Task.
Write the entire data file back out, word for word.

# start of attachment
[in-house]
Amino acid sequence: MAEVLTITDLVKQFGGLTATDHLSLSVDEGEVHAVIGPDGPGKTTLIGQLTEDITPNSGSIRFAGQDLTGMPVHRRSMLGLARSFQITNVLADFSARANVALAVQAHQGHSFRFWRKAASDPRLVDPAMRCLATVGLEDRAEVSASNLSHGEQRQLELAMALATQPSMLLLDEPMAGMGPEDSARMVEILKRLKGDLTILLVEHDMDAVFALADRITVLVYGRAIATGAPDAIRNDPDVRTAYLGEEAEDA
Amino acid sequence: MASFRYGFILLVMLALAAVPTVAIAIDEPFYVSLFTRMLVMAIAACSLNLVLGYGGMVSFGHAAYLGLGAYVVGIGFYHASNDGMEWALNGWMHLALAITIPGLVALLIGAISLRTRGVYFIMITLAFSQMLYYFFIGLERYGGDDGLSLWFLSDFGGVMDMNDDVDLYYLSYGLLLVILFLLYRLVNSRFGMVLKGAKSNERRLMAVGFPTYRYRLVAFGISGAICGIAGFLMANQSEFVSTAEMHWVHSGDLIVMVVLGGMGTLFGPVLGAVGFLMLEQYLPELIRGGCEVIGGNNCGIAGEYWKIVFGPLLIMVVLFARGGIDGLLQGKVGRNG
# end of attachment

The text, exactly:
[in-house]
Amino acid sequence: MAEVLTITDLVKQFGGLTATDHLSLSVDEGEVHAVIGPDGPGKTTLIGQLTEDITPNSGSIRFAGQDLTGMPVHRRSMLGLARSFQITNVLADFSARANVALAVQAHQGHSFRFWRKAASDPRLVDPAMRCLATVGLEDRAEVSASNLSHGEQRQLELAMALATQPSMLLLDEPMAGMGPEDSARMVEILKRLKGDLTILLVEHDMDAVFALADRITVLVYGRAIATGAPDAIRNDPDVRTAYLGEEAEDA
Amino acid sequence: MASFRYGFILLVMLALAAVPTVAIAIDEPFYVSLFTRMLVMAIAACSLNLVLGYGGMVSFGHAAYLGLGAYVVGIGFYHASNDGMEWALNGWMHLALAITIPGLVALLIGAISLRTRGVYFIMITLAFSQMLYYFFIGLERYGGDDGLSLWFLSDFGGVMDMNDDVDLYYLSYGLLLVILFLLYRLVNSRFGMVLKGAKSNERRLMAVGFPTYRYRLVAFGISGAICGIAGFLMANQSEFVSTAEMHWVHSGDLIVMVVLGGMGTLFGPVLGAVGFLMLEQYLPELIRGGCEVIGGNNCGIAGEYWKIVFGPLLIMVVLFARGGIDGLLQGKVGRNG